Misfits on a Mission, Finding Identity in Jesus

“A Place of Power” (Acts 19.1-20)

Power is one of the main themes of the New Testament book called “Ephesians,” written by the apostle Paul for circulation among the churches of “Asia.” For example, in chapter one Paul prays for Jesus’s disciples to have power like the power God exerted in raising Jesus from the dead (v.19-20) and praises Jesus for being exalted far above all “rulers” “authorities” and “powers,” both terrestrial and celestial. He then prays for the disciples to have power to know Christ’s love in chapter 3, verse 18. The work then closes with a discourse on spiritual warfare against “principalities and powers.” So, why all this talk of power? If we read the accounts from Acts of Paul’s time in Ephesus, it will help shed light on why this theme emerges so often.

“Power is one of the great themes of Ephesians. Perhaps this is because Ephesus itself, and the surrounding area, was seen as a place of power. Certainly in social and civic terms the city was powerful, and was set to become more so. It was a major centre of imperial influence in Paul’s day. The Roman emperors were keen to establish and maintain places where there rule could be celebrated and enhanced. But it was also a centre of religious power. All sorts of cults and beliefs flourished, and frequently they focused on power: the power of what we might call magic, power to make things happen in the world, to influence people and events, to gain wealth or health or influence for yourself and to bring about the downfall of your enemies. Their world, in other words, was dominated by the ‘principalities and powers,’ the various levels of rulers and authorities from local magistrates up to internationally recognized gods and goddesses, and all stages in between.” 1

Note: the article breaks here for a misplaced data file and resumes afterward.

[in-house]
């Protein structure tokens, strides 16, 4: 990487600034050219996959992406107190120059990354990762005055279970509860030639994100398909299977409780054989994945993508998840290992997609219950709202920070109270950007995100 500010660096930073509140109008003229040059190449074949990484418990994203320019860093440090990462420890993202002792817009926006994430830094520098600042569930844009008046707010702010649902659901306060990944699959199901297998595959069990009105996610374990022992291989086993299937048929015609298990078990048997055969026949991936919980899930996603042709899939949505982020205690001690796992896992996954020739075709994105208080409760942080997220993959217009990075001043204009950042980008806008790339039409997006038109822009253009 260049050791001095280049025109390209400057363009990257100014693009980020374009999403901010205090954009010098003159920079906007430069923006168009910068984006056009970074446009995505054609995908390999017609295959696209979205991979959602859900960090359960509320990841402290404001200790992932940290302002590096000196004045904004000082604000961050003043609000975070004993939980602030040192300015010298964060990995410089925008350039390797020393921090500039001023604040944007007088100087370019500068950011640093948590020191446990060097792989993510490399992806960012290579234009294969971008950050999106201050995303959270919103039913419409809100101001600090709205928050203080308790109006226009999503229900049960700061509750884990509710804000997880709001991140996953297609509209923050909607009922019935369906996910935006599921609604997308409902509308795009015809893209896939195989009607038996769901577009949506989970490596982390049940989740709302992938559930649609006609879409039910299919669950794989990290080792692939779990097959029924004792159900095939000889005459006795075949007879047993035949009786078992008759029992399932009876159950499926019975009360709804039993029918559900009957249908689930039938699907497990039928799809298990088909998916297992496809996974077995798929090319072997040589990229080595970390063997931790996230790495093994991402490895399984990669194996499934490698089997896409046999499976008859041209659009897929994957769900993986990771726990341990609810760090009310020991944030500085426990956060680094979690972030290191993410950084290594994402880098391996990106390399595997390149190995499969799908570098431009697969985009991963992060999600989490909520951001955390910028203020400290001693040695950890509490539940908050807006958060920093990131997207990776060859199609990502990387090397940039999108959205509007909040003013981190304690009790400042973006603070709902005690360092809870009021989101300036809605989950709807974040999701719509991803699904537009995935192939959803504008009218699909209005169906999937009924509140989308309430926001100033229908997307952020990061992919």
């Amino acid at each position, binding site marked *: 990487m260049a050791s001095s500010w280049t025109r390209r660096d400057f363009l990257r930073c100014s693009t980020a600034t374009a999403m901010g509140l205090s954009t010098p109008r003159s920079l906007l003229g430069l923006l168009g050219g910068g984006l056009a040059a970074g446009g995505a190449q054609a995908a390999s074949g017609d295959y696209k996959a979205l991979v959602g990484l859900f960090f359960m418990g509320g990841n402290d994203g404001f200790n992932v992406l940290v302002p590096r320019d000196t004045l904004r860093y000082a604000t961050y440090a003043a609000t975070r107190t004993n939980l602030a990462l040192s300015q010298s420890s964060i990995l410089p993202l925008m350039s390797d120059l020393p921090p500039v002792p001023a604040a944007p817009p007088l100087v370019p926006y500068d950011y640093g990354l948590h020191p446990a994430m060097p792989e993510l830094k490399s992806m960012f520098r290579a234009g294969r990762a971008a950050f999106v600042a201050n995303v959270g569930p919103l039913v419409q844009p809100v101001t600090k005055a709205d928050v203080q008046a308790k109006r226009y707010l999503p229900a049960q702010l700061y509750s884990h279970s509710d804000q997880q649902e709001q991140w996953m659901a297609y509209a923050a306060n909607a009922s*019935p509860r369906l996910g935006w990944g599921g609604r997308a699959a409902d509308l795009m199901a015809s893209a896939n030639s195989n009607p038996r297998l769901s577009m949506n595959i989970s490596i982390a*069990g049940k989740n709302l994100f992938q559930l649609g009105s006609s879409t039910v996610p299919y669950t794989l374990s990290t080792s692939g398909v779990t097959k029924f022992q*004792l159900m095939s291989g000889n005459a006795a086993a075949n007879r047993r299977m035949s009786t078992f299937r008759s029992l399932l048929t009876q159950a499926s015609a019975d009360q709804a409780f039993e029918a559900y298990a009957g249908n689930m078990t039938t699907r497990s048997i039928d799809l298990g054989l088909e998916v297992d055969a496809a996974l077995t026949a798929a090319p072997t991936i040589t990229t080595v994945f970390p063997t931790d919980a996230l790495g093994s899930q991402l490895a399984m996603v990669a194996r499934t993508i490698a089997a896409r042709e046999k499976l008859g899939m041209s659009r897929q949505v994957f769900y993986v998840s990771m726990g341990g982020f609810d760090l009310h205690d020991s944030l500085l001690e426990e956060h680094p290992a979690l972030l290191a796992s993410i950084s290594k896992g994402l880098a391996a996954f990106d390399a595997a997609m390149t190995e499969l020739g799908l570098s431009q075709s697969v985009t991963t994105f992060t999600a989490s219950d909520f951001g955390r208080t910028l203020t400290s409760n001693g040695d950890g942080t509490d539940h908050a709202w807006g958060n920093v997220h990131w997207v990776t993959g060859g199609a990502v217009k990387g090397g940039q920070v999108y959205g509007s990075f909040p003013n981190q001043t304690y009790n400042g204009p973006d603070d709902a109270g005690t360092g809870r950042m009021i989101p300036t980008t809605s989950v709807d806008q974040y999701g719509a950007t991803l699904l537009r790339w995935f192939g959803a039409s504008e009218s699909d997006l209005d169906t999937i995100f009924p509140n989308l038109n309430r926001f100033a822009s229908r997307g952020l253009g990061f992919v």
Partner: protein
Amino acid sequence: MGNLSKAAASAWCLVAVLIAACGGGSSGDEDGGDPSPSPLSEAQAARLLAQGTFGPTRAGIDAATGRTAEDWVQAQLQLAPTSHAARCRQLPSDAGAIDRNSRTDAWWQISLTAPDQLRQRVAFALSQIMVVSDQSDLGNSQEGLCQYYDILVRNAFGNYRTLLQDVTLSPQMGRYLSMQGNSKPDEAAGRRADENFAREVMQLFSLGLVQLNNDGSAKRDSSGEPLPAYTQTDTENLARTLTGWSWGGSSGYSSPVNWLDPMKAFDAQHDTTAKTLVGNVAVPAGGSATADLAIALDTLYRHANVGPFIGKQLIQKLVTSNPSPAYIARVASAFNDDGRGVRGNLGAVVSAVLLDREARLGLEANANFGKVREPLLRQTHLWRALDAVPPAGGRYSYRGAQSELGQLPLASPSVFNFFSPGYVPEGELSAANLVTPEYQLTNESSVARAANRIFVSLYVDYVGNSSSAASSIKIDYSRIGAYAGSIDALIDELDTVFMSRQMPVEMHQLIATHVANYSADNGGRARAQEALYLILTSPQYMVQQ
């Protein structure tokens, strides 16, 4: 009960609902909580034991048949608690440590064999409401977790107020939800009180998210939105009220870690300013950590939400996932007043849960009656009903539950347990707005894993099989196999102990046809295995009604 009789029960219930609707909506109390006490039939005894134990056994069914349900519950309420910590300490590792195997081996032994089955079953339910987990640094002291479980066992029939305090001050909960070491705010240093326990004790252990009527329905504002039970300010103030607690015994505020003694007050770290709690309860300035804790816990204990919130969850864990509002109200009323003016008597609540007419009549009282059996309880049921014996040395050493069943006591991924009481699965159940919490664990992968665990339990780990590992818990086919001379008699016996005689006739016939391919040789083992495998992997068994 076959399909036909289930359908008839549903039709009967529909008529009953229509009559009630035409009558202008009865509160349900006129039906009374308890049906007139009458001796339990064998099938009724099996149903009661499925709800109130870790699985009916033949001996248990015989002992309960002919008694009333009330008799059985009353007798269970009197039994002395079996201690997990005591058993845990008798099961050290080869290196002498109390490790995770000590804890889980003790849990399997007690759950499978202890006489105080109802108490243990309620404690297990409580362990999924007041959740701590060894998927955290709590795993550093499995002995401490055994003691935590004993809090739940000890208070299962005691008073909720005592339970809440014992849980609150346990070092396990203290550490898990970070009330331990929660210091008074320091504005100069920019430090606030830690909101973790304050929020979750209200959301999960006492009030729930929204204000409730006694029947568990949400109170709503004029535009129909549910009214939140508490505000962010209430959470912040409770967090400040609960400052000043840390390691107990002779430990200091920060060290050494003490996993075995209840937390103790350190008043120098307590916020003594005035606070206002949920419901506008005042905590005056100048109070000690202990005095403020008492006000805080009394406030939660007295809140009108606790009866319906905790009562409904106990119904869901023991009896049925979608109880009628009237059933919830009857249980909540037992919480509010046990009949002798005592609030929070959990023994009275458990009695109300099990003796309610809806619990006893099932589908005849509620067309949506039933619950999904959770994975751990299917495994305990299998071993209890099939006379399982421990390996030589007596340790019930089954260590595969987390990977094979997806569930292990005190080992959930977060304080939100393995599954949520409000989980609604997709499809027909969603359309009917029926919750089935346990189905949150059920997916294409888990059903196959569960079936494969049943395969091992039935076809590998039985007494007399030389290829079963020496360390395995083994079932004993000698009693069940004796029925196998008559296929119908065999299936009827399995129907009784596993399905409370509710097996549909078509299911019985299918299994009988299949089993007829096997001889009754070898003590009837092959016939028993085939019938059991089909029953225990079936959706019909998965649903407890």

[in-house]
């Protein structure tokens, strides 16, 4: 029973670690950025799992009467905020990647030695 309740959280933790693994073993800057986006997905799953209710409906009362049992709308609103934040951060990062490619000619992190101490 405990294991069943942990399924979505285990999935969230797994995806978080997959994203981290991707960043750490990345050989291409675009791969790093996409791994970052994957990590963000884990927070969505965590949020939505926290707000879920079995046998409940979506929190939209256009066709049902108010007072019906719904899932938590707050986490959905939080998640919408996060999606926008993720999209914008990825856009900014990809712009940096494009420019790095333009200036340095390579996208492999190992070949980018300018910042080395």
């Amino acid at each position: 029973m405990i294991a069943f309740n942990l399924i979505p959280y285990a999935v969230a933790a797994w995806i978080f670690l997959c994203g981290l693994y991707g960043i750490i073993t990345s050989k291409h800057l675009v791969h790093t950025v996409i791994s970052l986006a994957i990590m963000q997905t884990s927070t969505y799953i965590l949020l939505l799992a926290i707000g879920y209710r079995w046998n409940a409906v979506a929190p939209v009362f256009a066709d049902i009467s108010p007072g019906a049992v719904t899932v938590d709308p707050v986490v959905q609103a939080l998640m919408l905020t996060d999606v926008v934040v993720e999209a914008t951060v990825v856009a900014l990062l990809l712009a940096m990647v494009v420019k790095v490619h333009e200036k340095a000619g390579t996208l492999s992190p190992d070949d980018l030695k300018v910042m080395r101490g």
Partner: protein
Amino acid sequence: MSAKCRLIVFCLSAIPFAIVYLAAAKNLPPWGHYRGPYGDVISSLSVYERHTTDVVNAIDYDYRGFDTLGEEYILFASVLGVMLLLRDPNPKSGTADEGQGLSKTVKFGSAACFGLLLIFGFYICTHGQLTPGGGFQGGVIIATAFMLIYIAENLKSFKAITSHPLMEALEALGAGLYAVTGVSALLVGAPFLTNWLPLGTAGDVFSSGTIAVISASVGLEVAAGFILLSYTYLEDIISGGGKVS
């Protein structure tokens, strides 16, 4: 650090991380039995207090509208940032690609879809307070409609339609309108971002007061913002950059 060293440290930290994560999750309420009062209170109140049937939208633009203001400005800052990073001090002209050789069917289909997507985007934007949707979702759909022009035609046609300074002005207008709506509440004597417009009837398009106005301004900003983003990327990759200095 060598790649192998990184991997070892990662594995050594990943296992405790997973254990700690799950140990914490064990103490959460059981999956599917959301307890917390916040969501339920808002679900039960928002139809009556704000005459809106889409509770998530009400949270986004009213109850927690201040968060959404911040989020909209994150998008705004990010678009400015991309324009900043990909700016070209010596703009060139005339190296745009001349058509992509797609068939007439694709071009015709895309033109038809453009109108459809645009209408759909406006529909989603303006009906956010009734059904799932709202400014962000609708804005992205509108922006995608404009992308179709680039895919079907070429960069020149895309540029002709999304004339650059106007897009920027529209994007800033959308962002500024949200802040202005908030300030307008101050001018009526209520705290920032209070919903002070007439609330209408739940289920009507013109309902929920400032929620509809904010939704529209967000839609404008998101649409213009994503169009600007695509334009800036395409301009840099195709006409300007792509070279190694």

Group Discussion Questions

Read Acts 19, verses 1 through 7

  • Luke’s account of Paul’s time in Ephesus begins with an odd encounter with some “disciples of John”. Who was John the Forerunner (or Baptizer)? (cf. Luke 1.5-25, 57-66; 3.1-20; John 1.6-8) And why do you think it was important to Luke to begin his account of Paul’s time in Ephesus with a story about disciples receiving Holy Spirit baptism?
  • Some Christian traditions emphasize the gift of speaking in tongues (glossolalia) and associate it with Holy Spirit baptism. What has been your experience or non-experience with tongues and/or Holy Spirit baptism?